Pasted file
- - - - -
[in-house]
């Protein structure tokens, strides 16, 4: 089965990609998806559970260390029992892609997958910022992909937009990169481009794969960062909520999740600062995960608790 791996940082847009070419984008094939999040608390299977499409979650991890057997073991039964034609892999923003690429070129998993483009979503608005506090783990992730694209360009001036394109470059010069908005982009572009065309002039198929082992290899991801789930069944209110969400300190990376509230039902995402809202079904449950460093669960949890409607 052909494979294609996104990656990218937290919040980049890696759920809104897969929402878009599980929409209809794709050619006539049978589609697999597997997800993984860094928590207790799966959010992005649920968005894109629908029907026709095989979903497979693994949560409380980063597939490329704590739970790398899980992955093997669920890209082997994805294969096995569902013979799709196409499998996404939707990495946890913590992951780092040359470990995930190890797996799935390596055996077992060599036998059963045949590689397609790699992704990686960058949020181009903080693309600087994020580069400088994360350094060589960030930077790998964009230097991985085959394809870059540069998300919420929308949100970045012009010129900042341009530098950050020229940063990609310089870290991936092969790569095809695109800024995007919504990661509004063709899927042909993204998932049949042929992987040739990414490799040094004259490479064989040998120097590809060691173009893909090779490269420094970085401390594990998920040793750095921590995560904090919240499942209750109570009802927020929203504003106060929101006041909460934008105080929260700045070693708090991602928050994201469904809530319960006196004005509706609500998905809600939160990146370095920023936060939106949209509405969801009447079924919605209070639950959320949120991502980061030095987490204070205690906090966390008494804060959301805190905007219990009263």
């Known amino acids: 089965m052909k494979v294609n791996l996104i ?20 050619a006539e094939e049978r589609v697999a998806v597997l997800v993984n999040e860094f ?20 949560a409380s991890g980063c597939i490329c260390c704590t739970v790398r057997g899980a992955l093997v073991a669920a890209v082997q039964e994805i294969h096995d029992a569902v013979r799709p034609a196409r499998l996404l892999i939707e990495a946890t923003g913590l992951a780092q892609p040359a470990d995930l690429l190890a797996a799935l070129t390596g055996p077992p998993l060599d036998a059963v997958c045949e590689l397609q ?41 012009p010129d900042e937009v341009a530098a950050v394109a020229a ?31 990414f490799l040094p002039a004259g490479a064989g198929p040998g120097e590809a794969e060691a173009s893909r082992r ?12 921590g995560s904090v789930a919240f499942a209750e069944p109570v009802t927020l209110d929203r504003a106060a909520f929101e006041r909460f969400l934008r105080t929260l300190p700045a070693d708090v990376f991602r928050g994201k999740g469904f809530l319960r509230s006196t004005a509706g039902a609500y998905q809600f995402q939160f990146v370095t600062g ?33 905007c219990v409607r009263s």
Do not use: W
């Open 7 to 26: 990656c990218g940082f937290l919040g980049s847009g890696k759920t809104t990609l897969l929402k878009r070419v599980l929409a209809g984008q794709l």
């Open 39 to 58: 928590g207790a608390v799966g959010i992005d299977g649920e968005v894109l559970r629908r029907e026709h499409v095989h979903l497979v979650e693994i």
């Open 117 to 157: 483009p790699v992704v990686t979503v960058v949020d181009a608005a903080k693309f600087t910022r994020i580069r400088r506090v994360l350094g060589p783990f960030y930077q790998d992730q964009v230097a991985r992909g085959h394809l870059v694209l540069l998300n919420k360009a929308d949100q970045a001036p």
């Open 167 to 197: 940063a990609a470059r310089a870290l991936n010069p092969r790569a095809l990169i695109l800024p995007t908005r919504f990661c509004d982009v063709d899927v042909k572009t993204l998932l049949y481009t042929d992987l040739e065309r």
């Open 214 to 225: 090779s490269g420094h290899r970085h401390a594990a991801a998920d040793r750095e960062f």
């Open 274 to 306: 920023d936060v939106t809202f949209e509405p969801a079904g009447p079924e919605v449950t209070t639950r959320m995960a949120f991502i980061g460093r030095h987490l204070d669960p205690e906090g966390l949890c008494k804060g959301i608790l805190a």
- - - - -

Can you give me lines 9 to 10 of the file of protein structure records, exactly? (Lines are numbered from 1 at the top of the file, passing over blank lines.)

């Open 214 to 225: 090779s490269g420094h290899r970085h401390a594990a991801a998920d040793r750095e960062f």
């Open 274 to 306: 920023d936060v939106t809202f949209e509405p969801a079904g009447p079924e919605v449950t209070t639950r959320m995960a949120f991502i980061g460093r030095h987490l204070d669960p205690e906090g966390l949890c008494k804060g959301i608790l805190a």